CBD AHTEG Report Proposes Operational Definition of Synthetic Biology
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The Secretariat of the Convention on Biological Diversity (CBD) has released the report of the Ad hoc Technical Expert Group (AHTEG) on Synthetic Biology which considered, among other issues, potential benefits and adverse impacts of organisms that are products of synthetic biology for biodiversity conservation and sustainable use.

The report contains a proposed operational definition of synthetic biology, an illustrative list of potential benefits and adverse impacts, and other AHTEG recommendations to the CBD Conference of the Parties (COP).

CBD10 November 2015: The Secretariat of the Convention on Biological Diversity (CBD) has released the report of the Ad hoc Technical Expert Group (AHTEG) on Synthetic Biology. The report considers, among other issues, potential benefits and adverse impacts of organisms that are products of synthetic biology for biodiversity conservation and sustainable use. The report contains a proposed operational definition of synthetic biology, an illustrative list of potential benefits and adverse impacts, and other AHTEG recommendations to the CBD Conference of the Parties (COP).

The AHTEG considered the following issues: an operational definition on synthetic biology; the relationship between synthetic biology and biological diversity; similarities and differences between living modified organisms (LMOs) as defined by the Cartagena Protocol on Biosafety and organisms that are products of synthetic biology techniques; adequacy of existing national, regional and international instruments; and potential benefits and risks arising for the conservation and sustainable use of biodiversity.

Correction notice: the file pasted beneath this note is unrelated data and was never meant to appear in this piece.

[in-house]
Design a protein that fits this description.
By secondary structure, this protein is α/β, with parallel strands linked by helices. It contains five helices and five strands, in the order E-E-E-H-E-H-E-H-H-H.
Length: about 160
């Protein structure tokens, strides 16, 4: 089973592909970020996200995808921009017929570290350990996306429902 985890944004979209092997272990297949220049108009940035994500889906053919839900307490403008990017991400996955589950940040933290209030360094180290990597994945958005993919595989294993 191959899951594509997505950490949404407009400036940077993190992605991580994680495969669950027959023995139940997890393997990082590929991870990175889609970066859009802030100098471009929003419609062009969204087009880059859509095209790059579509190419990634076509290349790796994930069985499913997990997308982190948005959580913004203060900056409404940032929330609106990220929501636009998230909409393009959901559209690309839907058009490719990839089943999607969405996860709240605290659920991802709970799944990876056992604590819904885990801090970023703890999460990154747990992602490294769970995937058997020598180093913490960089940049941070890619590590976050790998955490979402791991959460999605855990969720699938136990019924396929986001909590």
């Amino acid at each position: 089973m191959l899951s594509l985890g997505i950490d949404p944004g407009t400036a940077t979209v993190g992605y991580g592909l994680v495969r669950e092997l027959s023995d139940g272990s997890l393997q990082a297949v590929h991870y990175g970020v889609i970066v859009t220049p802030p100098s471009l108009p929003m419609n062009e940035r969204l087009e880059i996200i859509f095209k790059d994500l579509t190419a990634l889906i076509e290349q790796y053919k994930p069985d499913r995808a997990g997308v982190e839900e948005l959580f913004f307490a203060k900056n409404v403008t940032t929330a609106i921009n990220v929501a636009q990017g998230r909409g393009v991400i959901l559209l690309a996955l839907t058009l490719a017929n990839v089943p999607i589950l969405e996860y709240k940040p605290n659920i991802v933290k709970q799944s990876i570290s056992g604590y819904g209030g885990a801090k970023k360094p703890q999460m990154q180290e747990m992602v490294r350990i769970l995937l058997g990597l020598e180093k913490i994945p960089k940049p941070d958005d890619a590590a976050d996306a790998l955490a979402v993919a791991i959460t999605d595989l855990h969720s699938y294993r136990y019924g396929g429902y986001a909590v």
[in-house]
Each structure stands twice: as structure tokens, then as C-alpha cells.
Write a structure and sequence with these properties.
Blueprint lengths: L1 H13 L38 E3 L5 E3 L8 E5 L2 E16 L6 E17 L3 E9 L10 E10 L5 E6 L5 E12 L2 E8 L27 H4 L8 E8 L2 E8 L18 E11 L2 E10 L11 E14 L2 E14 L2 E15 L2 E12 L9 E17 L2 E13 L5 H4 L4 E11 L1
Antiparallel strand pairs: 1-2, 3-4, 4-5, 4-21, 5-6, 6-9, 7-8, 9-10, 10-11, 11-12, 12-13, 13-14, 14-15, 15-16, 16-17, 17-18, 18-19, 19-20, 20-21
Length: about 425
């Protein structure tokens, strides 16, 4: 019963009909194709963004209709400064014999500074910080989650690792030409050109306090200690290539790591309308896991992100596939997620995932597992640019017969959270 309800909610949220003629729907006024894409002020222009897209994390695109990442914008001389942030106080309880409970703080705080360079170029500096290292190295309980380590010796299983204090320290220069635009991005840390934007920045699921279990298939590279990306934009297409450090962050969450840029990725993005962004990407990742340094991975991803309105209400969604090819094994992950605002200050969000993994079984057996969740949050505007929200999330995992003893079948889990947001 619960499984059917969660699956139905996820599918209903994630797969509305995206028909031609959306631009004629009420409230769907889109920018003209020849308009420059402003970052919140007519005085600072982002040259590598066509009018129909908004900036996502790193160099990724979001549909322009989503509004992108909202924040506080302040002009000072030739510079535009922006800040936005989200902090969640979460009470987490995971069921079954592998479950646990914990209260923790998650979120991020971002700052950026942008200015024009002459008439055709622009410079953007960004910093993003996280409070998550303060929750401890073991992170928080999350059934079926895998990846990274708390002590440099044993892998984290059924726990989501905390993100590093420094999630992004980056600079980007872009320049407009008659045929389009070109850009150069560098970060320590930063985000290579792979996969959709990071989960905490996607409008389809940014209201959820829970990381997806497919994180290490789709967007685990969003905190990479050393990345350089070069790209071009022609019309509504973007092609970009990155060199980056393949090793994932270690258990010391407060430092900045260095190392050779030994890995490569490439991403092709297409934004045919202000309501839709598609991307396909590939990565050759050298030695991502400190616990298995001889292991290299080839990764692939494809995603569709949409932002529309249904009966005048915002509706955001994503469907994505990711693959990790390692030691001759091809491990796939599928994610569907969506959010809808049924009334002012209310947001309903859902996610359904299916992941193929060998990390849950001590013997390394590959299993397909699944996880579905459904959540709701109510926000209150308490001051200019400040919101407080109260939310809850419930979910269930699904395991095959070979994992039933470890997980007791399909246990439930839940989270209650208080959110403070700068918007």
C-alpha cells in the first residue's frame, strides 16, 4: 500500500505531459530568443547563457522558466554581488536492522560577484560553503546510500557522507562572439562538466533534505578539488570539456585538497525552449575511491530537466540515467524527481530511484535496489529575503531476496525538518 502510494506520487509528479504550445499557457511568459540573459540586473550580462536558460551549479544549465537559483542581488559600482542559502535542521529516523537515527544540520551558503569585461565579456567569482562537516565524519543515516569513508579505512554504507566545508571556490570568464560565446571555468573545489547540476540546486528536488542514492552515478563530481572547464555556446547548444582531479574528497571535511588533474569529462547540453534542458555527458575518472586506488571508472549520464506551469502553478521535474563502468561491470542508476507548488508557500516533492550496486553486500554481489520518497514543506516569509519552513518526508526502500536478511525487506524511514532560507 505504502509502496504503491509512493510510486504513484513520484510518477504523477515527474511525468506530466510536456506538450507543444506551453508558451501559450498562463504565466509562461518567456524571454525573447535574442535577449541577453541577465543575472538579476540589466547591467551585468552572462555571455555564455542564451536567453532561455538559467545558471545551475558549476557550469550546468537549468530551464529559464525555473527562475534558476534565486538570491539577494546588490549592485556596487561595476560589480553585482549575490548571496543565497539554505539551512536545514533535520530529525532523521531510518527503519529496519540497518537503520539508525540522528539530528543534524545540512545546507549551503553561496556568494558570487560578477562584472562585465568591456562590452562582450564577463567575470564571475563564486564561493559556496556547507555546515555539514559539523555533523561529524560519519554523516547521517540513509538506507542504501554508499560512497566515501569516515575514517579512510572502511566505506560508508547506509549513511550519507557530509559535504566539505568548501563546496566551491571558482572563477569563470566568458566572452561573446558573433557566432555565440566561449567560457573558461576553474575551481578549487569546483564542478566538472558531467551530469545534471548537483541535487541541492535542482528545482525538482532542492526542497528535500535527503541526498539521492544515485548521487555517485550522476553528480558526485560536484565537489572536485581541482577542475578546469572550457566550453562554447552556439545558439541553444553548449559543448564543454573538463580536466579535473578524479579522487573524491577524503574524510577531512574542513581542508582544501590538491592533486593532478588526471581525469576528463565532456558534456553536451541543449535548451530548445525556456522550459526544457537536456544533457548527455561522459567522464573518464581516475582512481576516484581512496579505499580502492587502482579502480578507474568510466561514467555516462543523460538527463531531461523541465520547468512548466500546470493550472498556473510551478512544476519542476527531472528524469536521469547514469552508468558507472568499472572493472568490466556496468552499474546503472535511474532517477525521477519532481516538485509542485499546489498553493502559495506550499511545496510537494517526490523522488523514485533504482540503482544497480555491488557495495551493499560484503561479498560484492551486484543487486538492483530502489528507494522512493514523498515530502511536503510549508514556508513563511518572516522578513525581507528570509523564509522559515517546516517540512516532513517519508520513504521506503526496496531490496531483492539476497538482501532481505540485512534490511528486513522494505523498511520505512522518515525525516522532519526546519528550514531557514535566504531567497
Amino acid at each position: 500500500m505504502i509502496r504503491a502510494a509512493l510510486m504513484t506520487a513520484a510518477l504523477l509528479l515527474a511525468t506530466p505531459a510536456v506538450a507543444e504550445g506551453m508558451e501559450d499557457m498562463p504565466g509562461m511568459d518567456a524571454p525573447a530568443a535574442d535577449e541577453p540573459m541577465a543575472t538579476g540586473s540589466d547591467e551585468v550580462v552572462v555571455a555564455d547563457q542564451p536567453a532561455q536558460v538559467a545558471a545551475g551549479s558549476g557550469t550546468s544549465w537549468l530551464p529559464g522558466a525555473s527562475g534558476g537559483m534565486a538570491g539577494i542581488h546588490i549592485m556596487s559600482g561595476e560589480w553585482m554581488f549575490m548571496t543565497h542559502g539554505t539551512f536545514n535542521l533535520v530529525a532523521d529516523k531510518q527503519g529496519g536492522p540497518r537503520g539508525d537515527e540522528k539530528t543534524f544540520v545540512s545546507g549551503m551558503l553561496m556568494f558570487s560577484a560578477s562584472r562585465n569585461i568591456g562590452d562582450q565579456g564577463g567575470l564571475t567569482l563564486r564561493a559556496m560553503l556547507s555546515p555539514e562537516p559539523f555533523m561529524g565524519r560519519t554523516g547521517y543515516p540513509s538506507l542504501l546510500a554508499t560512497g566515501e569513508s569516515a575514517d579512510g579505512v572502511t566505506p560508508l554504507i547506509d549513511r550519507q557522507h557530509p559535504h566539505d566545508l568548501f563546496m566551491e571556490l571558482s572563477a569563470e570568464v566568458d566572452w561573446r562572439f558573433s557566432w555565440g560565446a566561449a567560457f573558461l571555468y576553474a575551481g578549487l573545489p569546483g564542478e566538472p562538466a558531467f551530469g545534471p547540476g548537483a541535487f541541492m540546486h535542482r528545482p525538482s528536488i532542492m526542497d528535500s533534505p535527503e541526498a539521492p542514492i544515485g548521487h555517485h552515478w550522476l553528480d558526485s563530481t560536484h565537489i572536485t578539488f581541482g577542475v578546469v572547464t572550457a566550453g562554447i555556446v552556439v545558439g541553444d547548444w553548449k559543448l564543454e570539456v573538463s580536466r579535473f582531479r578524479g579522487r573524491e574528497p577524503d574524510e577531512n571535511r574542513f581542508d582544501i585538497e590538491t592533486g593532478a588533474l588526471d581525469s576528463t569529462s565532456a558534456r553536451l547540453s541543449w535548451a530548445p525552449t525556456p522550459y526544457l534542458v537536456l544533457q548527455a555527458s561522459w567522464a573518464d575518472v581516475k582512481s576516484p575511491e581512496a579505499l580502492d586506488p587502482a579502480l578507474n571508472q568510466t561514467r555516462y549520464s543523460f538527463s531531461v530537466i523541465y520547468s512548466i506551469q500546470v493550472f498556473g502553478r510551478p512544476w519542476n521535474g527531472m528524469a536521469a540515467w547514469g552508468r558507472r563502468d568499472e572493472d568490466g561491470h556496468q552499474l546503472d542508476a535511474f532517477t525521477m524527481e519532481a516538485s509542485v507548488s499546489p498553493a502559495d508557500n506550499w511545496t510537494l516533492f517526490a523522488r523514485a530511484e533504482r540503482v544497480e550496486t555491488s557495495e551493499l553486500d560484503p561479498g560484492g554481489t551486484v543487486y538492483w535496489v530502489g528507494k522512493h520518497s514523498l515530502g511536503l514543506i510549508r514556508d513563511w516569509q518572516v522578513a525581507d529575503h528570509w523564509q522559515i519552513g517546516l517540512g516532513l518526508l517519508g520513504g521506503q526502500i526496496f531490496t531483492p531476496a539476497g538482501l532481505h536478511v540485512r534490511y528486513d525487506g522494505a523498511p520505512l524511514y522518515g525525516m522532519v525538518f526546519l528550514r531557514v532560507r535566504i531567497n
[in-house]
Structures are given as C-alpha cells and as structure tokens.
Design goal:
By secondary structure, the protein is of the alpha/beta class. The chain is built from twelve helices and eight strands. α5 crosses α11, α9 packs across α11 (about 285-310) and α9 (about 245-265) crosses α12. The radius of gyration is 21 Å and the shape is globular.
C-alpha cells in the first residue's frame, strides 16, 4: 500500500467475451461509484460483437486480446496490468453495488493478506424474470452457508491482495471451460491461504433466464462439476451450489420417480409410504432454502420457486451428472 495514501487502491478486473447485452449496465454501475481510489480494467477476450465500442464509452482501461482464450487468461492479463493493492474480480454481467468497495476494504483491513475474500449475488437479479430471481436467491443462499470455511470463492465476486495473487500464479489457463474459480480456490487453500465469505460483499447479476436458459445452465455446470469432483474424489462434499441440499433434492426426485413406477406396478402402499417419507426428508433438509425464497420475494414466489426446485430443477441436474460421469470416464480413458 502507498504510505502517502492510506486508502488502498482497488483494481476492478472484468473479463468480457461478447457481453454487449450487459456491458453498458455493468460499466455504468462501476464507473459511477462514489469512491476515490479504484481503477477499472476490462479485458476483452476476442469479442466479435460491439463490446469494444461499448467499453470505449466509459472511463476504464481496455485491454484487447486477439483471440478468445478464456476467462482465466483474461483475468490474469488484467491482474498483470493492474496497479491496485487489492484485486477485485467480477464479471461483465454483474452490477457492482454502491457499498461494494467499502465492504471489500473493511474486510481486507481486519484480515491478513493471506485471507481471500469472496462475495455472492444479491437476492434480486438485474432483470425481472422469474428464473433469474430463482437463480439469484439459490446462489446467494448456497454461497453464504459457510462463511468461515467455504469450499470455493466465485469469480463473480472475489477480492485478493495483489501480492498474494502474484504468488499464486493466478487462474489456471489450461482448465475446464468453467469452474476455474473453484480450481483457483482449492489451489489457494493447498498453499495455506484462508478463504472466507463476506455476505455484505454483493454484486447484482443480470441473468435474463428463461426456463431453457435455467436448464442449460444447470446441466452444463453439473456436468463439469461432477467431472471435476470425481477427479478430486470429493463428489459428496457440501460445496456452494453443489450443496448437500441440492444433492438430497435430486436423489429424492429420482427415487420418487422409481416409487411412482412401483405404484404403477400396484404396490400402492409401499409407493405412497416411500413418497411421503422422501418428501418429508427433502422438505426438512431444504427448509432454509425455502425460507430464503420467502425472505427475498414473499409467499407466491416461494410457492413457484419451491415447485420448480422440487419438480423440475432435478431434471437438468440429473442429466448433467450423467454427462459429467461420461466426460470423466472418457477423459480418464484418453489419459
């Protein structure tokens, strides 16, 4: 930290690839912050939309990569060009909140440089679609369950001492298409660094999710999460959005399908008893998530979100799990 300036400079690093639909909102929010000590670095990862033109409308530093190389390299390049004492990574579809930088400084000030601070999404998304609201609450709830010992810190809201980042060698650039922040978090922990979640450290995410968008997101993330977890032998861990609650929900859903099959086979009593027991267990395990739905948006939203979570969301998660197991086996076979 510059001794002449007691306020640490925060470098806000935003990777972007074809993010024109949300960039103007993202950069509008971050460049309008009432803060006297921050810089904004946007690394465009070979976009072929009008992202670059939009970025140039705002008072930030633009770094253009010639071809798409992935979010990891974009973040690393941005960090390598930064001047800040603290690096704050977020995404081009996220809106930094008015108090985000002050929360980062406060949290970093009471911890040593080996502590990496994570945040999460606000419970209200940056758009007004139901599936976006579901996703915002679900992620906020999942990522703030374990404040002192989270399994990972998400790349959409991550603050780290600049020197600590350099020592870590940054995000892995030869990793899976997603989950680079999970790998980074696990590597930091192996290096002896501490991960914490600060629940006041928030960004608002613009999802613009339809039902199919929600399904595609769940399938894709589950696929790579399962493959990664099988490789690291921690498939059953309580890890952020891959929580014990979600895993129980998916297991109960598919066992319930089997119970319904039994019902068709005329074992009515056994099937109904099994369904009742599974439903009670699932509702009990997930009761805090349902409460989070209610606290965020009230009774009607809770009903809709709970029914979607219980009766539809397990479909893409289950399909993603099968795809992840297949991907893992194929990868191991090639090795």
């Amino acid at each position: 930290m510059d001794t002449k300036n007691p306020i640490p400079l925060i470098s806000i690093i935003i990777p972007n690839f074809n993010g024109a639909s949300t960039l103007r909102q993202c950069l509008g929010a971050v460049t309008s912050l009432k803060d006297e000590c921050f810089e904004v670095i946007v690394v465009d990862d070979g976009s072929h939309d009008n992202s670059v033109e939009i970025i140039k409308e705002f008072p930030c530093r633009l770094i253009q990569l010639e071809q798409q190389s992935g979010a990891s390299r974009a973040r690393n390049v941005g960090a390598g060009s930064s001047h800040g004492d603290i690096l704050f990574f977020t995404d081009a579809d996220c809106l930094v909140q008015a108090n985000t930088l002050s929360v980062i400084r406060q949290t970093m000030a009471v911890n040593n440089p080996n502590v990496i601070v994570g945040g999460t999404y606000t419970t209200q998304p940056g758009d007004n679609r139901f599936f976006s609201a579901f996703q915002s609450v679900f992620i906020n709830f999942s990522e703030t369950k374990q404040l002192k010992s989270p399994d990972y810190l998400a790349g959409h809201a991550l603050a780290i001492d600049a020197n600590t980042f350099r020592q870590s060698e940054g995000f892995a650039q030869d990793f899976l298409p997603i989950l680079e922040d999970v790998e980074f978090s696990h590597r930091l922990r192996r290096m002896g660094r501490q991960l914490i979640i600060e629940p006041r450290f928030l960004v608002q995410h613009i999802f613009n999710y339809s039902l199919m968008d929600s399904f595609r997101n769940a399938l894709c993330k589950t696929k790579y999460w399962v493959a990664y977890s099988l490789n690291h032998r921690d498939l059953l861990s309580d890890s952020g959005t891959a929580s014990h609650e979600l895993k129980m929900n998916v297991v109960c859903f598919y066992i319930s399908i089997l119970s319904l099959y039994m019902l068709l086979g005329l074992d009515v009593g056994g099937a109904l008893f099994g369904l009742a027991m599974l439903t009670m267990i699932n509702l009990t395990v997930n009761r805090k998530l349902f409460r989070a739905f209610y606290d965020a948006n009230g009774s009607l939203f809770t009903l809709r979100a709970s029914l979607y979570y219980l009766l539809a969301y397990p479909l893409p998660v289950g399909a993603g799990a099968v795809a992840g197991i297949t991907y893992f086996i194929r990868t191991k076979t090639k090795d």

The workshop proposed defining synthetic biology as “a further development and new dimension of modern biotechnology that combines science, technology and engineering to facilitate and accelerate the understanding, design, redesign, manufacture and/or modification of genetic materials, living organisms and biological systems.”

Participants also developed an illustrative list of potential benefits and adverse effects of synthetic biology. Benefits include for example, medical and nutritional applications, bioremediation, agricultural and bioenergy applications, and increased benefit-sharing through access to tools of synthetic biology. Potential adverse effects include, for example, invasive species due to engineered fitness, increased pathogenic potential, and reduced benefit-sharing through a shift in the understanding of what constitutes a genetic resource.

The AHTEG further recommended that the CBD COP, inter alia: note that living organisms developed through synthetic biology are similar to LMOs; regularly assess the state of knowledge on synthetic biology; and invite the COP serving as Meeting of the Parties (COP-MOP) to the Nagoya Protocol on Access and Benefit-sharing (ABS) to set up a mechanism clarifying the issue of digital genetic resource information as it relates to ABS. [Report of the ADHEC on Synthetic Biology]

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